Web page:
In 1829, an Englishman named James Smithson mysteriously left $500,000 in his will to the United States to establish an institution for the “increase and diffusion of knowledge among men.” Baffled, Congress bickered over what to do with the vaguely-allotted funds before eventually founding the Smithsonian Institution on August 10, 1846.
“All we had was the ‘increase and diffusion of knowledge’,” said Pamela Henson, the Smithsonian’s historian. “That could be almost anything.”
Today, the Smithsonian fulfills Smithson’s wishes through nineteen museums across the United States, nine research centers around the world and a national zoo. It houses more than 154 million items in its collections that range from space technology to fine art.
“We really are just an odd organization,” Henson chuckled.
But it all started with birds. American naturalist Spencer Baird was the first scientist at the Smithsonian, and in 1850, he made his personal collection of around 3,700 bird specimens the first collection of what would eventually become the National Museum of Natural History.
“All Baird ever wanted to do was build a great national museum,” said Henson. “He loved his collections. He took in anything he could get his hands on, but he was very systematic and very careful about it.”
Old but far from obsolete
Because of that meticulous attention, some of Baird’s first specimens dating back to the early 1800s are still used by scientists around the world for research today. One such specimen is a California condor collected in the Pacific Northwest in 1835 by American naturalist John Kirk Townsend and given to Baird by ornithologist and painter John James Audobon. The condor was part of the first collection in the museum, and the expertly-preserved specimen has appeared in scientific studies as recently as 2019.
“It is one of the oldest condor specimens in existence,” said Chris Milensky, collections manager for the Division of Birds at the Smithsonian’s National Museum of Natural History. “And being from 1835, it’s one of the oldest specimens in our bird collection.”
The methods and techniques for preserving and stuffing museum specimens have not changed much in the last 200 years, so the condor looks nearly identical to birds collected in the last few years. But a few things make this condor exceptionally important to researchers: its age and collection location.
California condors used to roam skies from Baja California, Mexico to southern British Columbia, Canada. During the European colonization of North America, however, their numbers began declining to near extinction. By the 1980s, only 22 birds remained — all in captivity. Researchers used 14 of those birds as genetic founders in a captive breeding program in an attempt to save the species. Now, there are less than 300 California condors in the wild, and they inhabit a tiny fraction of their historic habitat.
Understanding the behavior, habitat range and diversity of the birds before the near-extinction event can help scientists protect and reintroduce them to the wild. Historic museum specimens like the one from 1835 provide a chance to learn more about what the species once was like and what it could be like in the future.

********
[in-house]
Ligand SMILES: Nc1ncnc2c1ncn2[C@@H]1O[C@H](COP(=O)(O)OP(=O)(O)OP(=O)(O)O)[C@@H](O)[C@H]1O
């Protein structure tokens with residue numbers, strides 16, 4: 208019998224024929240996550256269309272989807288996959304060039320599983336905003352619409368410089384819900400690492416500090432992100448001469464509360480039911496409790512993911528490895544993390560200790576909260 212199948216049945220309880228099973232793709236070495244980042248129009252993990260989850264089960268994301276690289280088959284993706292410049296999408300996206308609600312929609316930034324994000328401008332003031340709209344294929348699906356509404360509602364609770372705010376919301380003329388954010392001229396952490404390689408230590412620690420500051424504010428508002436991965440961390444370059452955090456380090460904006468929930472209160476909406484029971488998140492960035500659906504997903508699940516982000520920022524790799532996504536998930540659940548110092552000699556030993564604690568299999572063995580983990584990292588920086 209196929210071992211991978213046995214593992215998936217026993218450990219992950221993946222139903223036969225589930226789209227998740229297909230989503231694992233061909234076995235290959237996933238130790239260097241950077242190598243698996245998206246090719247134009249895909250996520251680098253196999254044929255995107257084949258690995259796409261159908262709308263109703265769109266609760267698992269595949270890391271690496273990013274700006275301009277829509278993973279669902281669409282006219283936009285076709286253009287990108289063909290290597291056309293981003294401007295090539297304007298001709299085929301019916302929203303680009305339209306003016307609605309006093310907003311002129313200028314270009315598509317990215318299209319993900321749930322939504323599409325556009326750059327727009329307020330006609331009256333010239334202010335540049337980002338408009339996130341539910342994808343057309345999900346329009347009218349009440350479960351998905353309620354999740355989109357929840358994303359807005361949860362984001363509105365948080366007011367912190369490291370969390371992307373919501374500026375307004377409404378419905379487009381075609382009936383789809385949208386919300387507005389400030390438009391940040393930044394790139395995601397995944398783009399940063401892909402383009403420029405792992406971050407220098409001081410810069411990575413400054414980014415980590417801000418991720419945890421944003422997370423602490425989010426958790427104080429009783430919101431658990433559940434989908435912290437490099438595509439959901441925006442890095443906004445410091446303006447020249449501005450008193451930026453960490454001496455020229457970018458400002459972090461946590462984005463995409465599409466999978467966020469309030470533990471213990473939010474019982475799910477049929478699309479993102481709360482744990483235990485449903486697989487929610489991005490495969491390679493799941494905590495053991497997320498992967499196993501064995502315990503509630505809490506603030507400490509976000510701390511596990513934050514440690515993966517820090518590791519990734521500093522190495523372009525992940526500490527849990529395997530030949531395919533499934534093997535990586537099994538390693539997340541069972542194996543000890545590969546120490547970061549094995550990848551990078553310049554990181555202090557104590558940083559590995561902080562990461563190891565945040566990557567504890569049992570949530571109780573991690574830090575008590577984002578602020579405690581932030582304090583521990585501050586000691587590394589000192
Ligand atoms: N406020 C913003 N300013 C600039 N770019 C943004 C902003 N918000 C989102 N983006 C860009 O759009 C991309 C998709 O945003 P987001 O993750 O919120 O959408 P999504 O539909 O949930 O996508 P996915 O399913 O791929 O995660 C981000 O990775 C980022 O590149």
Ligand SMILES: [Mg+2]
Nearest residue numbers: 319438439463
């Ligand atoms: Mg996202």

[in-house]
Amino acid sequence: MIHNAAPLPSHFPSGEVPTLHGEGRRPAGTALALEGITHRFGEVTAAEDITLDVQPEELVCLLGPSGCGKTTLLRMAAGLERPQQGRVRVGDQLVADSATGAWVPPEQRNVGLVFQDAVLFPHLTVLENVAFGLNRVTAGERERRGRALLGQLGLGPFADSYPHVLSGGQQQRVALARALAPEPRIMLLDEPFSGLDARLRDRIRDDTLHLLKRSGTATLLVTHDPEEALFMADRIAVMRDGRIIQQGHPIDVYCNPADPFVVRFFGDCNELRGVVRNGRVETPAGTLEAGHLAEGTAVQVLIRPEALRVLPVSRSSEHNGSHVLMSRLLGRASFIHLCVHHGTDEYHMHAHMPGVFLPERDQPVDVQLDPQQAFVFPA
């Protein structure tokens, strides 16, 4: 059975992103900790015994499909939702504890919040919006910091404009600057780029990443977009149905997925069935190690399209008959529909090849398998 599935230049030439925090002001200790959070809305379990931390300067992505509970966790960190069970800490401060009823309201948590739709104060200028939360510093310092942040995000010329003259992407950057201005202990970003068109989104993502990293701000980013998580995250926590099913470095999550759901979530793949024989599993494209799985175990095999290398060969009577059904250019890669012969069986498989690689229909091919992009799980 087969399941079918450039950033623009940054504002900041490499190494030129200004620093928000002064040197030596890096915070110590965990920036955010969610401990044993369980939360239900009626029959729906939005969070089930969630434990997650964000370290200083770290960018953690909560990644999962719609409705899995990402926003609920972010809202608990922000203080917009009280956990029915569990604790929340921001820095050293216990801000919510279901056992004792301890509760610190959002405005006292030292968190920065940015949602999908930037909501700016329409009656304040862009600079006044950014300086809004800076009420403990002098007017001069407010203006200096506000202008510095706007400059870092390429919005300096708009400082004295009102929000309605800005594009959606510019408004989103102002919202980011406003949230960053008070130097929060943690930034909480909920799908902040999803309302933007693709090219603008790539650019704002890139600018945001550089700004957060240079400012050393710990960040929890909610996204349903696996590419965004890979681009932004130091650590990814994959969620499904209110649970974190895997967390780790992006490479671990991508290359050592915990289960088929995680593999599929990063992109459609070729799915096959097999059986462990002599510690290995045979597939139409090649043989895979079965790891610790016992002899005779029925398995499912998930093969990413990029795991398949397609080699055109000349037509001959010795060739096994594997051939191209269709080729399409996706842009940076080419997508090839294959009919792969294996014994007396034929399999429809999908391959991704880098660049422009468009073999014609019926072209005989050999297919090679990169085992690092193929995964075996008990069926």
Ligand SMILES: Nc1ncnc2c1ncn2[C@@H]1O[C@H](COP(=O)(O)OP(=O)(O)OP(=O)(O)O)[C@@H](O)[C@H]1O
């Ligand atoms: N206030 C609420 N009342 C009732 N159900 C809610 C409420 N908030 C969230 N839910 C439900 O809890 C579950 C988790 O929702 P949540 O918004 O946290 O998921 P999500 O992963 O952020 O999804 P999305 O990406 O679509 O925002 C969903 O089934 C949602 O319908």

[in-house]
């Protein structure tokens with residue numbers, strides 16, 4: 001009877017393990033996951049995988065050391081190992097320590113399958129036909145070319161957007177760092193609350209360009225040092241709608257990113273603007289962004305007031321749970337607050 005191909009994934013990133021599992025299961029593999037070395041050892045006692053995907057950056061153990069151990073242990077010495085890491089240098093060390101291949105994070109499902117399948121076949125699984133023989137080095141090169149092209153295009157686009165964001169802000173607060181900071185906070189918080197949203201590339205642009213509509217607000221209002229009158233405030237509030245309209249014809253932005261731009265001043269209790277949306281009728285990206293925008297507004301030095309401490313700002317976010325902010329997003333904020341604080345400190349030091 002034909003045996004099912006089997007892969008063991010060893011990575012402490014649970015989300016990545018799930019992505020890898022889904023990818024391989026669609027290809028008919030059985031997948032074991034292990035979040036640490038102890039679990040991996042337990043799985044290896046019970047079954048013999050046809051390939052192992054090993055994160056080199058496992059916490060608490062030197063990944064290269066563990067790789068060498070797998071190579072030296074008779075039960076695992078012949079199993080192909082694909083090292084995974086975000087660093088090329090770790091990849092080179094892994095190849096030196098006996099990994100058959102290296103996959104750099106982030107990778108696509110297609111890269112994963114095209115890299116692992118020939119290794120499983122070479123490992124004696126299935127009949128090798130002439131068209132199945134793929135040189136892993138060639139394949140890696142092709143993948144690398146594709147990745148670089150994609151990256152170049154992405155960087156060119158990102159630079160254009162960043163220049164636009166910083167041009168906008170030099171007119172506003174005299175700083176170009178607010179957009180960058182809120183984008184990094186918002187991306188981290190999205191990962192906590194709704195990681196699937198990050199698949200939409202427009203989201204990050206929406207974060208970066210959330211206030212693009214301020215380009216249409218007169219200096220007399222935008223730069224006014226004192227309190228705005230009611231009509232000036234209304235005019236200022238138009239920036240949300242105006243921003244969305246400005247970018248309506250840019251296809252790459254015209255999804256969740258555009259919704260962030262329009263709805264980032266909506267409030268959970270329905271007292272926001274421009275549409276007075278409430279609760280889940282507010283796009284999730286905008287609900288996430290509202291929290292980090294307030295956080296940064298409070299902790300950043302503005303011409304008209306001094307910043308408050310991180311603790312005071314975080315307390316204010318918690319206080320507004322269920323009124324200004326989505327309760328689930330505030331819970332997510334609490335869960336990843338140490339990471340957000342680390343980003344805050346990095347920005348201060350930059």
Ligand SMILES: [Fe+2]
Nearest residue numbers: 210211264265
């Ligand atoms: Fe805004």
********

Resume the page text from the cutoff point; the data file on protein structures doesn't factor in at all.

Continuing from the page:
“These older specimens serve as a baseline against which you would contrast a modern population,” said Milensky. “And you’re not going to get any better baseline material for population studies than having a specimen this old.”
Researchers make these comparisons in a few ways, but the newest method involves extracting ancient DNA from a small piece of the preserved tissue and comparing it to DNA from modern condors. In a 2016 study, scientists used ancient DNA to model how the genetic diversity of California condors declined over time.
They also tested whether historic condors from the Pacific Northwest were genetically separate and potentially unique from California populations. The Smithsonian’s specimen helped them determine that condors across the range shared similar genes — a promising result for the prospect of reintroducing captive birds to new areas in the wild.
From shelves to stories
Historic specimens provide unique insights into life of the past and future, but they require careful preparation and attention.
“Many of our specimens from that period are no longer in the collections,” said Milensky. “They ended up falling apart or being traded away to other museums.” Townsend’s California condor, however, is particularly well-preserved and has survived building moves, fires and years tucked away in a drawer.
When researchers want to use an old specimen like the condor for research, they can either visit the Smithsonian in Washington, D.C. or have the specimen sent to them. In the case of the division of birds, interested scientists and members of the public can view almost the entire collection in an online database — saving calls and trips to the museum when looking for a specimen.
“That may seem sort of trivial in this modern world, but it’s actually a big deal,” said Milensky. Of the roughly 154 million objects in the Smithsonian’s collections, about 14 million have a digital record. “The fact that the bird division has almost our entire collection online is something we’re proud of.”
As the National Museum of Natural History continues to digitize the museum collections across departments, it will open up new possibilities for using some of the Smithsonian’s oldest collections to study 21st century problems like species conservation.
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